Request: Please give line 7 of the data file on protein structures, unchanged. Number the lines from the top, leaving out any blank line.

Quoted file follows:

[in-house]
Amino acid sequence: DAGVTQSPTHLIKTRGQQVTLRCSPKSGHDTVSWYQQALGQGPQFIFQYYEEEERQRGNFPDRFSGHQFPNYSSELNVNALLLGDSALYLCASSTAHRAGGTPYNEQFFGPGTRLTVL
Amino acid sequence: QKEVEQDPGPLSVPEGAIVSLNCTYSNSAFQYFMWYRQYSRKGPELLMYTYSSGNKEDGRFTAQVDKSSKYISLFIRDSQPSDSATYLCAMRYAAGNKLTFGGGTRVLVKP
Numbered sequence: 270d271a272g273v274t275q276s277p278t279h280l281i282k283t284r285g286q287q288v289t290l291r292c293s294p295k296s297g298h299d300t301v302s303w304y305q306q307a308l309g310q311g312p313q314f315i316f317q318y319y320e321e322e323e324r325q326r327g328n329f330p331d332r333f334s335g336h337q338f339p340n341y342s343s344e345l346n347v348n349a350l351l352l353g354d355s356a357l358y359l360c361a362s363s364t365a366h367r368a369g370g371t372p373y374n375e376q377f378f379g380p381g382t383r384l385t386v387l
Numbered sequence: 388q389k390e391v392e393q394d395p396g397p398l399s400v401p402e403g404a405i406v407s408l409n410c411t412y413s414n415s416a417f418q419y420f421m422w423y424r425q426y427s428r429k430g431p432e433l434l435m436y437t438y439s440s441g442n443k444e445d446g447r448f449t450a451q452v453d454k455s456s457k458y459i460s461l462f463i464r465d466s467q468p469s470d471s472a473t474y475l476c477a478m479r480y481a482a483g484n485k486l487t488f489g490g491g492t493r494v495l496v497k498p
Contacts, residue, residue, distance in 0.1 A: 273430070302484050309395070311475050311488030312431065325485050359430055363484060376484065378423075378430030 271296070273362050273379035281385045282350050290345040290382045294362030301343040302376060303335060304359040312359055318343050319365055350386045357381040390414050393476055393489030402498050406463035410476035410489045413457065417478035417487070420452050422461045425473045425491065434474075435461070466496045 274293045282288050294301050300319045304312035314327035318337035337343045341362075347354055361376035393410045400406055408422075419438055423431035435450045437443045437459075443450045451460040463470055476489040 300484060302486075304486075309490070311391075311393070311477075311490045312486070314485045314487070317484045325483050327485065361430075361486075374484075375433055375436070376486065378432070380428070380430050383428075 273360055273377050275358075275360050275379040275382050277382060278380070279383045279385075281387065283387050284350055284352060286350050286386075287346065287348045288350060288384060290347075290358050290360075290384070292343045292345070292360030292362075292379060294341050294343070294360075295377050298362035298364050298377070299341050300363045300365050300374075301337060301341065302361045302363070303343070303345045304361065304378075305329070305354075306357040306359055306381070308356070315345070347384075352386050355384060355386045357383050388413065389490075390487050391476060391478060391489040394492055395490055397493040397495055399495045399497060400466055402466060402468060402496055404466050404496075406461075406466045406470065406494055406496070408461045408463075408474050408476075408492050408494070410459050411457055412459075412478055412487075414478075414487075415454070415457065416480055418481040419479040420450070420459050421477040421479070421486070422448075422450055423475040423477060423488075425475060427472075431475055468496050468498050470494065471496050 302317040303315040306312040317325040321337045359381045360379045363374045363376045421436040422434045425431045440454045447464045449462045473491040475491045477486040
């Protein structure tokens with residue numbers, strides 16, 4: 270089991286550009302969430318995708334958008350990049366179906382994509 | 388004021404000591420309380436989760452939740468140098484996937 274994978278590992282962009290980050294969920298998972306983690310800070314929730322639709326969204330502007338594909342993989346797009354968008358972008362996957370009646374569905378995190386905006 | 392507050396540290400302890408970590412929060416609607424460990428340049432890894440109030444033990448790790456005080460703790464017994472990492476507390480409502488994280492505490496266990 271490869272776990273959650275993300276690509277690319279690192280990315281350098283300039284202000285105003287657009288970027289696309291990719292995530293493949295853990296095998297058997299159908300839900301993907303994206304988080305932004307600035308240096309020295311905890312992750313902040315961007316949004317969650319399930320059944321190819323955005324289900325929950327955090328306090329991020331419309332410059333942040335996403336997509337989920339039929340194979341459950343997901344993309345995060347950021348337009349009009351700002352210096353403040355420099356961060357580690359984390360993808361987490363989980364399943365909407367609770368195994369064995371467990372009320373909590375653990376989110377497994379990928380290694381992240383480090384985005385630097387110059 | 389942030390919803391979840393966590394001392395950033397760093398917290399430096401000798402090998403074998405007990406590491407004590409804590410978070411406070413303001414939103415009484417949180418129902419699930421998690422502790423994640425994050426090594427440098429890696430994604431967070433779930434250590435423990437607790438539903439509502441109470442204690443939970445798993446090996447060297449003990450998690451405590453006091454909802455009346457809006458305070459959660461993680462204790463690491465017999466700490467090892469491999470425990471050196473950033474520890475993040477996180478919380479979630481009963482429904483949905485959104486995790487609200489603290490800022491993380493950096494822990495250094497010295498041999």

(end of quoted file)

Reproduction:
């Protein structure tokens with residue numbers, strides 16, 4: 270089991286550009302969430318995708334958008350990049366179906382994509 | 388004021404000591420309380436989760452939740468140098484996937 274994978278590992282962009290980050294969920298998972306983690310800070314929730322639709326969204330502007338594909342993989346797009354968008358972008362996957370009646374569905378995190386905006 | 392507050396540290400302890408970590412929060416609607424460990428340049432890894440109030444033990448790790456005080460703790464017994472990492476507390480409502488994280492505490496266990 271490869272776990273959650275993300276690509277690319279690192280990315281350098283300039284202000285105003287657009288970027289696309291990719292995530293493949295853990296095998297058997299159908300839900301993907303994206304988080305932004307600035308240096309020295311905890312992750313902040315961007316949004317969650319399930320059944321190819323955005324289900325929950327955090328306090329991020331419309332410059333942040335996403336997509337989920339039929340194979341459950343997901344993309345995060347950021348337009349009009351700002352210096353403040355420099356961060357580690359984390360993808361987490363989980364399943365909407367609770368195994369064995371467990372009320373909590375653990376989110377497994379990928380290694381992240383480090384985005385630097387110059 | 389942030390919803391979840393966590394001392395950033397760093398917290399430096401000798402090998403074998405007990406590491407004590409804590410978070411406070413303001414939103415009484417949180418129902419699930421998690422502790423994640425994050426090594427440098429890696430994604431967070433779930434250590435423990437607790438539903439509502441109470442204690443939970445798993446090996447060297449003990450998690451405590453006091454909802455009346457809006458305070459959660461993680462204790463690491465017999466700490467090892469491999470425990471050196473950033474520890475993040477996180478919380479979630481009963482429904483949905485959104486995790487609200489603290490800022491993380493950096494822990495250094497010295498041999």